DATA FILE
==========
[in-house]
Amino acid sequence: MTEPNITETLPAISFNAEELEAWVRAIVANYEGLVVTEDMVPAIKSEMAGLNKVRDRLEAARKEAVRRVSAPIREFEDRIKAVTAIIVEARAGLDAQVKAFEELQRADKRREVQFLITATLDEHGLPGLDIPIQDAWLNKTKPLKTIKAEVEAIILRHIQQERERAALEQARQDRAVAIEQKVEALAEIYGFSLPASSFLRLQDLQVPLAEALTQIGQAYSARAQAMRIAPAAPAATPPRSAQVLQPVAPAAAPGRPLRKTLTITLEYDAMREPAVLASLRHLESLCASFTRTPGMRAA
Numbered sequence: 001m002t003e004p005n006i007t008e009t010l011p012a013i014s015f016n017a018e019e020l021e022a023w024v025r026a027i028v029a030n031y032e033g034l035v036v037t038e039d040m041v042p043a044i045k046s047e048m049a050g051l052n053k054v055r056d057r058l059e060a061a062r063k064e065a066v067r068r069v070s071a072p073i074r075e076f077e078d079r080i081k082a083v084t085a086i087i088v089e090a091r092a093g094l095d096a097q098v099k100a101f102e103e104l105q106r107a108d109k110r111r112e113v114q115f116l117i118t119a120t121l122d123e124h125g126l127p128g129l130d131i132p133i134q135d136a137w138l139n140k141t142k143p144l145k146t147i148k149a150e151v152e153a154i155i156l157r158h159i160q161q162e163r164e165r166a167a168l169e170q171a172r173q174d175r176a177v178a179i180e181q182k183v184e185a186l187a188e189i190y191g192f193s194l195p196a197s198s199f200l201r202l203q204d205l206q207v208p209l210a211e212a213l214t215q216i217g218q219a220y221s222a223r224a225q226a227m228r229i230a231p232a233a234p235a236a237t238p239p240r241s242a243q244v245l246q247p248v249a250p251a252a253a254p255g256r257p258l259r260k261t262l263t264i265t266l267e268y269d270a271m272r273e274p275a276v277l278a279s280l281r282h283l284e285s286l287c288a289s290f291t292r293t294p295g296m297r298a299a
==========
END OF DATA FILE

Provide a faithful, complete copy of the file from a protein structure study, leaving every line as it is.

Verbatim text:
[in-house]
Amino acid sequence: MTEPNITETLPAISFNAEELEAWVRAIVANYEGLVVTEDMVPAIKSEMAGLNKVRDRLEAARKEAVRRVSAPIREFEDRIKAVTAIIVEARAGLDAQVKAFEELQRADKRREVQFLITATLDEHGLPGLDIPIQDAWLNKTKPLKTIKAEVEAIILRHIQQERERAALEQARQDRAVAIEQKVEALAEIYGFSLPASSFLRLQDLQVPLAEALTQIGQAYSARAQAMRIAPAAPAATPPRSAQVLQPVAPAAAPGRPLRKTLTITLEYDAMREPAVLASLRHLESLCASFTRTPGMRAA
Numbered sequence: 001m002t003e004p005n006i007t008e009t010l011p012a013i014s015f016n017a018e019e020l021e022a023w024v025r026a027i028v029a030n031y032e033g034l035v036v037t038e039d040m041v042p043a044i045k046s047e048m049a050g051l052n053k054v055r056d057r058l059e060a061a062r063k064e065a066v067r068r069v070s071a072p073i074r075e076f077e078d079r080i081k082a083v084t085a086i087i088v089e090a091r092a093g094l095d096a097q098v099k100a101f102e103e104l105q106r107a108d109k110r111r112e113v114q115f116l117i118t119a120t121l122d123e124h125g126l127p128g129l130d131i132p133i134q135d136a137w138l139n140k141t142k143p144l145k146t147i148k149a150e151v152e153a154i155i156l157r158h159i160q161q162e163r164e165r166a167a168l169e170q171a172r173q174d175r176a177v178a179i180e181q182k183v184e185a186l187a188e189i190y191g192f193s194l195p196a197s198s199f200l201r202l203q204d205l206q207v208p209l210a211e212a213l214t215q216i217g218q219a220y221s222a223r224a225q226a227m228r229i230a231p232a233a234p235a236a237t238p239p240r241s242a243q244v245l246q247p248v249a250p251a252a253a254p255g256r257p258l259r260k261t262l263t264i265t266l267e268y269d270a271m272r273e274p275a276v277l278a279s280l281r282h283l284e285s286l287c288a289s290f291t292r293t294p295g296m297r298a299a